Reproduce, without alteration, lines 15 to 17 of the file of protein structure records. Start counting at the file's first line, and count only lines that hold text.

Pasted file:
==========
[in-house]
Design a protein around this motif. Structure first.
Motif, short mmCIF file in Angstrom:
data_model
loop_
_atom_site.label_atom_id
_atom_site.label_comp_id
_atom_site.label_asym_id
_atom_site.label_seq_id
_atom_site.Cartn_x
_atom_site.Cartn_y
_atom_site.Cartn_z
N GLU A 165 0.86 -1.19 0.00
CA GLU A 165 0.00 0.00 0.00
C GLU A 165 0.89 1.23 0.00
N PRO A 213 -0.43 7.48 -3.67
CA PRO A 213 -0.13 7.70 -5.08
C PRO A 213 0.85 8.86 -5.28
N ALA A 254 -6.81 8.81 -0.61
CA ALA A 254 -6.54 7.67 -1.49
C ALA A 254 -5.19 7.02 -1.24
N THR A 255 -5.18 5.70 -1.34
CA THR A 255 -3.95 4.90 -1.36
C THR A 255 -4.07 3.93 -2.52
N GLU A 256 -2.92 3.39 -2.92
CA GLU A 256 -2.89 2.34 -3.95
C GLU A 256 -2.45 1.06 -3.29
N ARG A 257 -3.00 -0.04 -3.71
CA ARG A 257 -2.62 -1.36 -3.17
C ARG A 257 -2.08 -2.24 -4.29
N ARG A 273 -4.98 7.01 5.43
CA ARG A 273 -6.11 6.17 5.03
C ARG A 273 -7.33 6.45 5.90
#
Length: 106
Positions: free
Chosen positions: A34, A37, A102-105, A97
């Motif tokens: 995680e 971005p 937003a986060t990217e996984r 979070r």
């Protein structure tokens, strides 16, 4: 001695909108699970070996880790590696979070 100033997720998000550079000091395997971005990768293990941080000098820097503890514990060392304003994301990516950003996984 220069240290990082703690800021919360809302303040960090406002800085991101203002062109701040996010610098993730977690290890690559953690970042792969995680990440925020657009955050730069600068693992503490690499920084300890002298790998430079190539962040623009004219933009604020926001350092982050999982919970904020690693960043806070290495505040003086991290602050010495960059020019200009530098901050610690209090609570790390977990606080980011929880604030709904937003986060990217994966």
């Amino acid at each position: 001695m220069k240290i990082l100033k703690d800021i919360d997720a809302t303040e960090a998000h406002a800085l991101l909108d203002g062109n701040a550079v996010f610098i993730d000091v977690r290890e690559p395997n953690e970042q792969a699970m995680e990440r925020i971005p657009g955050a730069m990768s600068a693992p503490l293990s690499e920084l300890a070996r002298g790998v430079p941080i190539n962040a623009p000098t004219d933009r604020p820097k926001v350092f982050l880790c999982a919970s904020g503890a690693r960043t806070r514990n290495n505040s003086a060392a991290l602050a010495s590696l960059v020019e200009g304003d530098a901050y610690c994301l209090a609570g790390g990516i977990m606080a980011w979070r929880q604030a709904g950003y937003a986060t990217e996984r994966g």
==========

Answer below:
C GLU A 165 0.89 1.23 0.00
N PRO A 213 -0.43 7.48 -3.67
CA PRO A 213 -0.13 7.70 -5.08